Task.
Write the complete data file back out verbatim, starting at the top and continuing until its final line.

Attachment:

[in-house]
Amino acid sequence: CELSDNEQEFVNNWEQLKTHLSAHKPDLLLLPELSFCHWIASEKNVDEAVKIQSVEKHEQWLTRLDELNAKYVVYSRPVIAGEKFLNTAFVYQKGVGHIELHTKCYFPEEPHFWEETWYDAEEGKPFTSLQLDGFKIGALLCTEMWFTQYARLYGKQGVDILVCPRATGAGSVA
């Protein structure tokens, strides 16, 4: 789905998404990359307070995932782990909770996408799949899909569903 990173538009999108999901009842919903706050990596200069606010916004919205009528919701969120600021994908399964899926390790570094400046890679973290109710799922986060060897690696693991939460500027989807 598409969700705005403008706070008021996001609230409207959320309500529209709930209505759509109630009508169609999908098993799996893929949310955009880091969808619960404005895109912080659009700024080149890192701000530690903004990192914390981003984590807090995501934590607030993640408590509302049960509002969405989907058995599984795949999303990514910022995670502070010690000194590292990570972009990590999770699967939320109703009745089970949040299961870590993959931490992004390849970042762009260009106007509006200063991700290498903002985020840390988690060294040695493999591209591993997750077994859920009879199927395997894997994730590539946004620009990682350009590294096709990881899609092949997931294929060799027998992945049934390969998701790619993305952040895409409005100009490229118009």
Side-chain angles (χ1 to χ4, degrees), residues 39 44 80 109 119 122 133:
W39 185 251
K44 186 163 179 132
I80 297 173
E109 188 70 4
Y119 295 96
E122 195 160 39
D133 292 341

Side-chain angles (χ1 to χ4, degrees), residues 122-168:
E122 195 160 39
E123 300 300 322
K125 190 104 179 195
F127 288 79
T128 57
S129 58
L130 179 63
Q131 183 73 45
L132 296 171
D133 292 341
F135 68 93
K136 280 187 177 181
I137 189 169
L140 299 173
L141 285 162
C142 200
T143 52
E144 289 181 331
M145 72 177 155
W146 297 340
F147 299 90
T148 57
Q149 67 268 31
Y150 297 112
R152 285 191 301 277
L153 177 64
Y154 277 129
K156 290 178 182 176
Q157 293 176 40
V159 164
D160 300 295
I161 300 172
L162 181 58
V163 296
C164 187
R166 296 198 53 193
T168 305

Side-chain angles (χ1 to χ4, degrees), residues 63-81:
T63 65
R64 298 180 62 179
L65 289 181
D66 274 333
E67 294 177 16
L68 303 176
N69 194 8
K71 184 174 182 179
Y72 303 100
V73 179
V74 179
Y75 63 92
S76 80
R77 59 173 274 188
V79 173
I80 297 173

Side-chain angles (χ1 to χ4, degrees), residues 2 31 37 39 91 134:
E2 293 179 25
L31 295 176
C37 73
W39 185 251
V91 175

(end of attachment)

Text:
[in-house]
Amino acid sequence: CELSDNEQEFVNNWEQLKTHLSAHKPDLLLLPELSFCHWIASEKNVDEAVKIQSVEKHEQWLTRLDELNAKYVVYSRPVIAGEKFLNTAFVYQKGVGHIELHTKCYFPEEPHFWEETWYDAEEGKPFTSLQLDGFKIGALLCTEMWFTQYARLYGKQGVDILVCPRATGAGSVA
């Protein structure tokens, strides 16, 4: 789905998404990359307070995932782990909770996408799949899909569903 990173538009999108999901009842919903706050990596200069606010916004919205009528919701969120600021994908399964899926390790570094400046890679973290109710799922986060060897690696693991939460500027989807 598409969700705005403008706070008021996001609230409207959320309500529209709930209505759509109630009508169609999908098993799996893929949310955009880091969808619960404005895109912080659009700024080149890192701000530690903004990192914390981003984590807090995501934590607030993640408590509302049960509002969405989907058995599984795949999303990514910022995670502070010690000194590292990570972009990590999770699967939320109703009745089970949040299961870590993959931490992004390849970042762009260009106007509006200063991700290498903002985020840390988690060294040695493999591209591993997750077994859920009879199927395997894997994730590539946004620009990682350009590294096709990881899609092949997931294929060799027998992945049934390969998701790619993305952040895409409005100009490229118009």
Side-chain angles (χ1 to χ4, degrees), residues 39 44 80 109 119 122 133:
W39 185 251
K44 186 163 179 132
I80 297 173
E109 188 70 4
Y119 295 96
E122 195 160 39
D133 292 341

Side-chain angles (χ1 to χ4, degrees), residues 122-168:
E122 195 160 39
E123 300 300 322
K125 190 104 179 195
F127 288 79
T128 57
S129 58
L130 179 63
Q131 183 73 45
L132 296 171
D133 292 341
F135 68 93
K136 280 187 177 181
I137 189 169
L140 299 173
L141 285 162
C142 200
T143 52
E144 289 181 331
M145 72 177 155
W146 297 340
F147 299 90
T148 57
Q149 67 268 31
Y150 297 112
R152 285 191 301 277
L153 177 64
Y154 277 129
K156 290 178 182 176
Q157 293 176 40
V159 164
D160 300 295
I161 300 172
L162 181 58
V163 296
C164 187
R166 296 198 53 193
T168 305

Side-chain angles (χ1 to χ4, degrees), residues 63-81:
T63 65
R64 298 180 62 179
L65 289 181
D66 274 333
E67 294 177 16
L68 303 176
N69 194 8
K71 184 174 182 179
Y72 303 100
V73 179
V74 179
Y75 63 92
S76 80
R77 59 173 274 188
V79 173
I80 297 173

Side-chain angles (χ1 to χ4, degrees), residues 2 31 37 39 91 134:
E2 293 179 25
L31 295 176
C37 73
W39 185 251
V91 175